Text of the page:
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As one chapter ends, another begins

March 6, 2010
By KIMBERLY SHORT WOLFE

As the financial aid forms are being filed, and senior projects are nearing completion, many moms and dads are looking toward the fall when their son or daughter - where did the years go? - go off to college. The way in which a parent views this new chapter for their child and for themselves varies from person to person. But, one thing is for sure, as sure as the sun rises and sets, this transition will change life forever.

Wikipedia's definition for empty nest is:

Empty nest syndrome is a general feeling of loneliness that parents or guardians may feel when one or more of their children leave home; it is more common in women. The marriage of a child can lead to similar feelings, with the role and influence of the parents often becoming less important compared to the new spouse.

A strong maternal or paternal bond between the parent and child can make the condition worse. The role of the parent while the child is still living with them is more hands-on and immediate than is possible when they have moved out, particularly if the distance means that visits are difficult.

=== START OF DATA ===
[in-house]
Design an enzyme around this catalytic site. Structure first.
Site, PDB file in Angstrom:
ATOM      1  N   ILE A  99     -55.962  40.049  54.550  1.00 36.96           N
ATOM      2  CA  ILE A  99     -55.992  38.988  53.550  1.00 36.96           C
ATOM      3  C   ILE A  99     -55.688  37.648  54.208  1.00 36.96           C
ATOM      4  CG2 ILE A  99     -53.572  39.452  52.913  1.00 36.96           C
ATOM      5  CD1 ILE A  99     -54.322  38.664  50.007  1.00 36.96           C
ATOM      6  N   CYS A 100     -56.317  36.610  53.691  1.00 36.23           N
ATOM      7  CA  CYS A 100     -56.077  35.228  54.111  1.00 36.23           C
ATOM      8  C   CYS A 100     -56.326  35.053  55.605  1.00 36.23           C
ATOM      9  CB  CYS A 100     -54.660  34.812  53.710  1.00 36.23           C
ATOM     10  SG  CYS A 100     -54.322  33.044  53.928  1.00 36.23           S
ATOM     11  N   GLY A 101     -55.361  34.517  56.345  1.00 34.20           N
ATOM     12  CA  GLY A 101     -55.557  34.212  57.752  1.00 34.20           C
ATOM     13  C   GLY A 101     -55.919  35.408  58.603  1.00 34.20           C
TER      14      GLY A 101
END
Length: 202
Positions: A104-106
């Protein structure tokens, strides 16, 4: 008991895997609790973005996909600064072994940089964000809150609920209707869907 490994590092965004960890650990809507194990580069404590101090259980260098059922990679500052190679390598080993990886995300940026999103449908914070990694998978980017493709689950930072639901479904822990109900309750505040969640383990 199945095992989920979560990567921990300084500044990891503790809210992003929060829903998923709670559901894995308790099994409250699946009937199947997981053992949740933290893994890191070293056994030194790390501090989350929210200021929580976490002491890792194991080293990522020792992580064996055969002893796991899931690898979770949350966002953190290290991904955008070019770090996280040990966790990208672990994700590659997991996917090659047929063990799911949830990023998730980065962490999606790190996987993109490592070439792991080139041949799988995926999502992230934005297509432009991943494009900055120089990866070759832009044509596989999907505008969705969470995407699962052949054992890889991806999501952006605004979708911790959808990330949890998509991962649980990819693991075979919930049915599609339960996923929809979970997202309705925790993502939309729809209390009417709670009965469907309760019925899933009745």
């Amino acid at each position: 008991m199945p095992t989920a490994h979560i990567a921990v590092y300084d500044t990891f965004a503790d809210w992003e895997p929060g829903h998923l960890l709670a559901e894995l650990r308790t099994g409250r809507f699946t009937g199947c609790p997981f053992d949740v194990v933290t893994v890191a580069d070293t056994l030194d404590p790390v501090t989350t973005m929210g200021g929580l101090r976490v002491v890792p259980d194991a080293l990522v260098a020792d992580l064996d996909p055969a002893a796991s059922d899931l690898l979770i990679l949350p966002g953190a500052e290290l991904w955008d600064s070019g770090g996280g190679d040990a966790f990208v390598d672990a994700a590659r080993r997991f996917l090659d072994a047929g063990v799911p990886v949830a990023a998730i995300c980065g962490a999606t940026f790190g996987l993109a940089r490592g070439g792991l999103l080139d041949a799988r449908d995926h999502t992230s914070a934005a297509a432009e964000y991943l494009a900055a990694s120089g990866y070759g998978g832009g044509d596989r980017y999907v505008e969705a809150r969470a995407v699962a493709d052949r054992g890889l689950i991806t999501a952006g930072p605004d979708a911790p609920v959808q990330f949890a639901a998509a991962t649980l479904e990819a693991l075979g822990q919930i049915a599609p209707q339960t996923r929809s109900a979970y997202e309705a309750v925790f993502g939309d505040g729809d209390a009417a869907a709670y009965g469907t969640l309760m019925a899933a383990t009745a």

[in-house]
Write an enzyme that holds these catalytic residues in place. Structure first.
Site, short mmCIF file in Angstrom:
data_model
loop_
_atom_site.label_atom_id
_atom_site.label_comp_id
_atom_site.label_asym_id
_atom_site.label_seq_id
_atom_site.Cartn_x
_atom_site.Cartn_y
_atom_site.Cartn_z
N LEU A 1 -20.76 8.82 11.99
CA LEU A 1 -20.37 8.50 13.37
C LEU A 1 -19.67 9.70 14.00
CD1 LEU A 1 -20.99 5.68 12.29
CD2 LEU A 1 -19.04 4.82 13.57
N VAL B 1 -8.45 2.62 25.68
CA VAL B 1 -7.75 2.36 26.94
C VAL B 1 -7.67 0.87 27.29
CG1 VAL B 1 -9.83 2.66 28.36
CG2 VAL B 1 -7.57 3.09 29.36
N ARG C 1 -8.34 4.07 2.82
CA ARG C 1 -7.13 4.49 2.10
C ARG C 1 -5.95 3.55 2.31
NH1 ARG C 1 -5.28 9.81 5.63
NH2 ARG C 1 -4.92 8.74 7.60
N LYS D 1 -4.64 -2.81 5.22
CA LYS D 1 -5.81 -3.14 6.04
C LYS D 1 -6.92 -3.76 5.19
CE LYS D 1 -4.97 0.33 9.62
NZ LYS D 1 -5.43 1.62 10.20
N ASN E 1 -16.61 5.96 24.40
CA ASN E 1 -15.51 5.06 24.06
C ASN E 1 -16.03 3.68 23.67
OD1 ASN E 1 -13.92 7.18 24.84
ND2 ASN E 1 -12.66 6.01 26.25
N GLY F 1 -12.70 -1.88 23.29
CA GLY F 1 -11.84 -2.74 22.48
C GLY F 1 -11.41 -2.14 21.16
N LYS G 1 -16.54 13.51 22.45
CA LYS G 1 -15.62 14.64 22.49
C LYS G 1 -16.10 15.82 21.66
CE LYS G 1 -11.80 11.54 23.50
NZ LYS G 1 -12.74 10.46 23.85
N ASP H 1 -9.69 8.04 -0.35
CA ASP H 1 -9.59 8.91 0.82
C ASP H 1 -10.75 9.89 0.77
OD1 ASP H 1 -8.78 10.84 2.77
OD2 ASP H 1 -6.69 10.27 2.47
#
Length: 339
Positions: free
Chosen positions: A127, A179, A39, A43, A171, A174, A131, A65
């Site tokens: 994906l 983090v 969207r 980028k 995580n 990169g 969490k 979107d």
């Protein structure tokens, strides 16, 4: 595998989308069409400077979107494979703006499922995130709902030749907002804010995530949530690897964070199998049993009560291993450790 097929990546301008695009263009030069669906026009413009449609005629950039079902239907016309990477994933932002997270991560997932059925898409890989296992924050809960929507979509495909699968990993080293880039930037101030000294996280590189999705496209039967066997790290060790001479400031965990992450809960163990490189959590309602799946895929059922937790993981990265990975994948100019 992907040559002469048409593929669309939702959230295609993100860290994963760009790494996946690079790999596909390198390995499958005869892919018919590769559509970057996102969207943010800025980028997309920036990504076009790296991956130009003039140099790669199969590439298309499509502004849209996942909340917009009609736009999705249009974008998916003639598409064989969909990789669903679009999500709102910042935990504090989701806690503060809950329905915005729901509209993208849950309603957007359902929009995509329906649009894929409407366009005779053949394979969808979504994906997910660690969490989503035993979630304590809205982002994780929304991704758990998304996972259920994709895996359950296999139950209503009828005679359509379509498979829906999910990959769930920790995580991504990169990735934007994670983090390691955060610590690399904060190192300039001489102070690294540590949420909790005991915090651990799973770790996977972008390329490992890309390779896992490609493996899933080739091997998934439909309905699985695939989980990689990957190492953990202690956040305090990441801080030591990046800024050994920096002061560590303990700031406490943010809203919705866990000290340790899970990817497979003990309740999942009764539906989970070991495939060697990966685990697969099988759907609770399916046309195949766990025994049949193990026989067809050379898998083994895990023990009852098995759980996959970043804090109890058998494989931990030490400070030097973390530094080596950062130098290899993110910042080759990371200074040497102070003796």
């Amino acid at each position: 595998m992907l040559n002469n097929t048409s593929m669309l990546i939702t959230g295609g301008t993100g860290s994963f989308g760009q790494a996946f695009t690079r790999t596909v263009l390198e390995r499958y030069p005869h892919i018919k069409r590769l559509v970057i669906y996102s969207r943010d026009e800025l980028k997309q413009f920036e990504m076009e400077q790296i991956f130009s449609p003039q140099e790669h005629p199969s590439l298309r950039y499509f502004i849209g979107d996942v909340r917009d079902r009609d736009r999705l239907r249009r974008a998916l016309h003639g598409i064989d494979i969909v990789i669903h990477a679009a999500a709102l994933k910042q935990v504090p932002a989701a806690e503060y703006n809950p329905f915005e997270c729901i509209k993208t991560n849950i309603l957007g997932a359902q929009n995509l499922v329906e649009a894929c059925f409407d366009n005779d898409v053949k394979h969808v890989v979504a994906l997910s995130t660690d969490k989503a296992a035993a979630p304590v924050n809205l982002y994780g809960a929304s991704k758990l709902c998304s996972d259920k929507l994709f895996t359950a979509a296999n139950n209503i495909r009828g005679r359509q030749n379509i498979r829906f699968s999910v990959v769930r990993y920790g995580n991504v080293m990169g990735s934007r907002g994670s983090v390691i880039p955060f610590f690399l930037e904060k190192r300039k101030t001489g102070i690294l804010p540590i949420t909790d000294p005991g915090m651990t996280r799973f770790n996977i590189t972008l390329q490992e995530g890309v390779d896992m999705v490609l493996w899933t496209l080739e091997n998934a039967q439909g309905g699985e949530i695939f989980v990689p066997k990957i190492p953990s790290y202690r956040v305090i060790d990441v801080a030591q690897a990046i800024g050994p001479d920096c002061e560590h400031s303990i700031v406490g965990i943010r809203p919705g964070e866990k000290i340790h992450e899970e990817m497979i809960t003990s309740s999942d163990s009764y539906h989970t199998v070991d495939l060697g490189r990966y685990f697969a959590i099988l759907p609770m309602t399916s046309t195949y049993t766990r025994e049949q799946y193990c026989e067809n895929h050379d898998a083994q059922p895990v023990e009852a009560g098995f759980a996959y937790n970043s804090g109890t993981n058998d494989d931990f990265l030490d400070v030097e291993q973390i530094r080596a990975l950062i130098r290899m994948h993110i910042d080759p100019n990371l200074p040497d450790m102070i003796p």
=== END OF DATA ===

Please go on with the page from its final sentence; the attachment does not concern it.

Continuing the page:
There is simply no right or wrong way to view the empty nest, only different. However, there are healthy attitudes and actions that will enable those with children leaving the nest for the first time, regardless of their parenting style, to live a full and hopeful life even though the bedroom down the hall is empty.

Tips:

n Don't be a helicopter mom or dad. Helicopter moms (or dads) circle over head and nose dive at the first instance of distress or meltdown from their young chick who has just flown the coop. Know that emotions run high as a young person leaves home for the first time. They may call home in a panic over a roommate issue, scheduling problem or pure homesickness. If you talk them through the issue at hand, instead of swooping down to solve their problem, your college freshman will flex his/her muscle of independence as they solve their own problem. Their self-esteem will be bolstered as they realize, "hey, I've got this. I can do it."

I've been there. The first time my daughter called home in tears, my helicopter-smother-mother instinct kicked in. Then, I remembered: this is where she needs to spread her wings, solve her own problems and in essence, grow up. As a result, she made her own way. That is not to say that a parent shouldn't guide or give advice to a young adult, but the helicopter has got to go back to the hanger, that engine turned off, and the key locked in a safety deposit box somewhere in order to allow the college freshman time to maneuver their own way.